Founded in 1974, the Women’s Center was established to:
Dismantle, from a feminist perspective, all forms of oppression, including but not limited to those based on ability, age, class, ethnicity, gender, race, and sexual orientation.
Advocate for an equitable environment free from violence and harassment based on gender, race, and sexual orientation.
Create an anti-racist, non-sexist, queer-affirmative space where all people can feel valued and safe.
Facilitate and strengthen connections among people across lines of difference through programming and educational campaigns.
Integrate an appreciation of Women's Gender and Multicultural Studies across the disciplines.

Thursday, April 19, 2012

Day of Silence at Ramapo

First of all, YES we realize the National Day of Silence is tomorrow, April 20th.  Ramapo doesn't retain as many students on Fridays, so we chose to observe DOS today. After all, the important aspect of this campaign is the message being sent. Take a moment and listen to all the voices you are NOT hearing today. These people all stand with the effort to stop the silencing of the queer community.

Part of supporting a cause means understanding its roots. How is the queer community silenced? Funny thing about marginalization-it generally can't be traced down to one single cause. There are dozens and dozens of factors that contribute to the oppression of queer folks, and it is often easy to shrug them off individually. But, when combined, these instances of silencing create a massive force pressing down on a group of people. I have had oppression explained to me in terms of a bird cage: individually, the bars of a cage are harmless and cannot imprison a bird. But, when all the bars are put together, the bird is trapped. We need to broaden our minds and see one small instance of silencing as a serious threat to freedom because it contributes to the larger picture.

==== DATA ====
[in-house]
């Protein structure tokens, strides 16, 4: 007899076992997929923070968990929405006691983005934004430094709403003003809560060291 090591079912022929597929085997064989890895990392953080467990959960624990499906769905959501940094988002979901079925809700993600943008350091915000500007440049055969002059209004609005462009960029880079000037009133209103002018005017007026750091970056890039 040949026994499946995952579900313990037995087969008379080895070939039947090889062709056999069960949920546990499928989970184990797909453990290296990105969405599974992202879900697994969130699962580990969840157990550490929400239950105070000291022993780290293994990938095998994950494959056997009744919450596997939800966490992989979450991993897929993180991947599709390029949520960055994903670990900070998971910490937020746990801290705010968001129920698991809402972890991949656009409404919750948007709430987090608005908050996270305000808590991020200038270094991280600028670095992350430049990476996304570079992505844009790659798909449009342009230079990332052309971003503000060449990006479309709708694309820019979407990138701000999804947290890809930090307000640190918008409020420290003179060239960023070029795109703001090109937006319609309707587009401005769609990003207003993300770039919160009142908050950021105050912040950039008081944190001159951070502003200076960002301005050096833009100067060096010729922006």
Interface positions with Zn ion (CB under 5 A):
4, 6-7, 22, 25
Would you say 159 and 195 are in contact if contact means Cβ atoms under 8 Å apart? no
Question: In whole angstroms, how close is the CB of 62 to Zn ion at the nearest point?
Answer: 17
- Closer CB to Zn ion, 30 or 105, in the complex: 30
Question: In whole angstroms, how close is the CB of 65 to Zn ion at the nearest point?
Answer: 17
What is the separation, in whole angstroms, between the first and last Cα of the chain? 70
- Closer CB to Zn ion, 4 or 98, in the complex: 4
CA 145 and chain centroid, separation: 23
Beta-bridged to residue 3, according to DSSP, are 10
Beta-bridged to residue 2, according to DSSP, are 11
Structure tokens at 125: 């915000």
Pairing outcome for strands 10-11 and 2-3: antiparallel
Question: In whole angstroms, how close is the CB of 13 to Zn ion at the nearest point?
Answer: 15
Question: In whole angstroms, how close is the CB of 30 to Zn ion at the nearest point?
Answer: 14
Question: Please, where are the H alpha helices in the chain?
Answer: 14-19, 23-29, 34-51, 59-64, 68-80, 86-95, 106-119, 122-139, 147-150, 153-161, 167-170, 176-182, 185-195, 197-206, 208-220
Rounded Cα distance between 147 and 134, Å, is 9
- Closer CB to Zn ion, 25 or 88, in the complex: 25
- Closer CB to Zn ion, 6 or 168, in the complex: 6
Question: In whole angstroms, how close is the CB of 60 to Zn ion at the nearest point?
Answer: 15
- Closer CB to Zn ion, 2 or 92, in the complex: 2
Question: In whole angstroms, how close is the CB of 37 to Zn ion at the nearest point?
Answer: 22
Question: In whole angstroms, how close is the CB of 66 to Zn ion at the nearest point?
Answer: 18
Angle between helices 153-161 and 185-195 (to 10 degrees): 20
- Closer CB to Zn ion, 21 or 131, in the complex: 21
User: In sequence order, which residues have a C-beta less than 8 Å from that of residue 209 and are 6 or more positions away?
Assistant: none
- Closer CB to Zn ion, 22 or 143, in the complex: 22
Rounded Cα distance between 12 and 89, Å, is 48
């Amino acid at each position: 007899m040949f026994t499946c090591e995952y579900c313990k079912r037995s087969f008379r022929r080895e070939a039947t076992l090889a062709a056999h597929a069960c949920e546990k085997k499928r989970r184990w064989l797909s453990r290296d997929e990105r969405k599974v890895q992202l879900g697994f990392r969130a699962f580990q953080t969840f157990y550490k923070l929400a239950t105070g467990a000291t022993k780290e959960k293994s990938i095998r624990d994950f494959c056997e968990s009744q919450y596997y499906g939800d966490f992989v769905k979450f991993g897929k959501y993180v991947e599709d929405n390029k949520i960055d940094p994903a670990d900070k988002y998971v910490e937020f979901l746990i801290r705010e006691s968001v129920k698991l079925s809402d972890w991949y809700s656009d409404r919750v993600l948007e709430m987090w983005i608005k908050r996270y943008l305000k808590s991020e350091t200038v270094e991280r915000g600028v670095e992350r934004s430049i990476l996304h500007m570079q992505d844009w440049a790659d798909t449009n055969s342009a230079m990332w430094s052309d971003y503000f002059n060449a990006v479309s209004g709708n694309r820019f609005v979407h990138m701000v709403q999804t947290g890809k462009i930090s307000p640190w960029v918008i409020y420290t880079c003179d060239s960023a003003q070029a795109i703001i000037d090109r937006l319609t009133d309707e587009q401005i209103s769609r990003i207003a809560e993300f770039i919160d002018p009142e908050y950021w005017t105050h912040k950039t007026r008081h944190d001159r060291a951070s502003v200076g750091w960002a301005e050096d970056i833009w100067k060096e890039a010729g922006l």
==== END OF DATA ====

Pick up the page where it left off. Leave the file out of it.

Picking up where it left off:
These individual instances of silencing can come in many forms. The most recognized and publicized form of oppression is bullying and harassment. This is what the Day of Silence officially rallies under. Millions of teens are harassed in schools for identifying as queer or being perceived as queer. Some are pushed to believe suicide is the only way out, and end their own lives as a direct result of bullying. Adults face oppression in the workplace-it is technically legal to refuse someone a job or terminate their position on the basis of sexual orientation. There are other legal barriers to equality; a lack of rights to marriage in most states brings along its own slew of injustices. The queer community is also silenced by lack of representation in the media.  Few stars are openly queer, limiting the number of successful role models for young people.  Television shows and movies severely under represent this population, and when a queer character is included, they are often constructed on stereotypes. This leads to a feeling of isolation and "otherness" in folks who have no visible media representations to identify with. In all these ways, as well as others, the queer population is marginalized and silenced. The Day of Silence brings this to national attention. Today you don't hear my voice-why? Because my voice MATTERS and I want you to MISS it. Our silence will be heard, and loudly at that.

Today is also National High Five Day. What a great silent display of love and appreciation! *high five!*

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